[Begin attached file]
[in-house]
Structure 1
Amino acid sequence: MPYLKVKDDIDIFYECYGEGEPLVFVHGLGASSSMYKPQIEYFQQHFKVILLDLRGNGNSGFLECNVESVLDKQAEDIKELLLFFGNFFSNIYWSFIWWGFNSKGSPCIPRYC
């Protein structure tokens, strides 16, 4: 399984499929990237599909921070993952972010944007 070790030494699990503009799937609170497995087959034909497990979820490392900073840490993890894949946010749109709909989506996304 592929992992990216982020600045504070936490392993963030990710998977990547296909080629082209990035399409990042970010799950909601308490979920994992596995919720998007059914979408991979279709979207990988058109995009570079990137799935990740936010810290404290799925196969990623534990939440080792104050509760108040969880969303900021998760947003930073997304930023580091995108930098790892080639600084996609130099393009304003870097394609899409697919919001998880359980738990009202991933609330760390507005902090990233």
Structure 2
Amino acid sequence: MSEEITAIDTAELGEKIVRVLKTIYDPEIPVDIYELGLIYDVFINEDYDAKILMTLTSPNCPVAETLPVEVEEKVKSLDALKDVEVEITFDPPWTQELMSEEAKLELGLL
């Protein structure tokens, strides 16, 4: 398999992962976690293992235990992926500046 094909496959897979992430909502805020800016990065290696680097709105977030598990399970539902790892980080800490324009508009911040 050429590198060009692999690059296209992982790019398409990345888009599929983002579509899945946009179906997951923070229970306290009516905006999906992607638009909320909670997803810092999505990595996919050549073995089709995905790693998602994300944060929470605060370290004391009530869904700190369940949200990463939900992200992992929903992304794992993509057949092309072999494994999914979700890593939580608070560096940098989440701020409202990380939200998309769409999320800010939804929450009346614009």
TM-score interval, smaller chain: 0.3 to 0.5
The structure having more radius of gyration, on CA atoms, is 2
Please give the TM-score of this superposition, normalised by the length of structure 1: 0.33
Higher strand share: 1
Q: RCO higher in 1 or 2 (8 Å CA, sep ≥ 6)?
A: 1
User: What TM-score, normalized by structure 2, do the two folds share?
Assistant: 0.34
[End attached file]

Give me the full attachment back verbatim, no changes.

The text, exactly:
[in-house]
Structure 1
Amino acid sequence: MPYLKVKDDIDIFYECYGEGEPLVFVHGLGASSSMYKPQIEYFQQHFKVILLDLRGNGNSGFLECNVESVLDKQAEDIKELLLFFGNFFSNIYWSFIWWGFNSKGSPCIPRYC
């Protein structure tokens, strides 16, 4: 399984499929990237599909921070993952972010944007 070790030494699990503009799937609170497995087959034909497990979820490392900073840490993890894949946010749109709909989506996304 592929992992990216982020600045504070936490392993963030990710998977990547296909080629082209990035399409990042970010799950909601308490979920994992596995919720998007059914979408991979279709979207990988058109995009570079990137799935990740936010810290404290799925196969990623534990939440080792104050509760108040969880969303900021998760947003930073997304930023580091995108930098790892080639600084996609130099393009304003870097394609899409697919919001998880359980738990009202991933609330760390507005902090990233």
Structure 2
Amino acid sequence: MSEEITAIDTAELGEKIVRVLKTIYDPEIPVDIYELGLIYDVFINEDYDAKILMTLTSPNCPVAETLPVEVEEKVKSLDALKDVEVEITFDPPWTQELMSEEAKLELGLL
């Protein structure tokens, strides 16, 4: 398999992962976690293992235990992926500046 094909496959897979992430909502805020800016990065290696680097709105977030598990399970539902790892980080800490324009508009911040 050429590198060009692999690059296209992982790019398409990345888009599929983002579509899945946009179906997951923070229970306290009516905006999906992607638009909320909670997803810092999505990595996919050549073995089709995905790693998602994300944060929470605060370290004391009530869904700190369940949200990463939900992200992992929903992304794992993509057949092309072999494994999914979700890593939580608070560096940098989440701020409202990380939200998309769409999320800010939804929450009346614009």
TM-score interval, smaller chain: 0.3 to 0.5
The structure having more radius of gyration, on CA atoms, is 2
Please give the TM-score of this superposition, normalised by the length of structure 1: 0.33
Higher strand share: 1
Q: RCO higher in 1 or 2 (8 Å CA, sep ≥ 6)?
A: 1
User: What TM-score, normalized by structure 2, do the two folds share?
Assistant: 0.34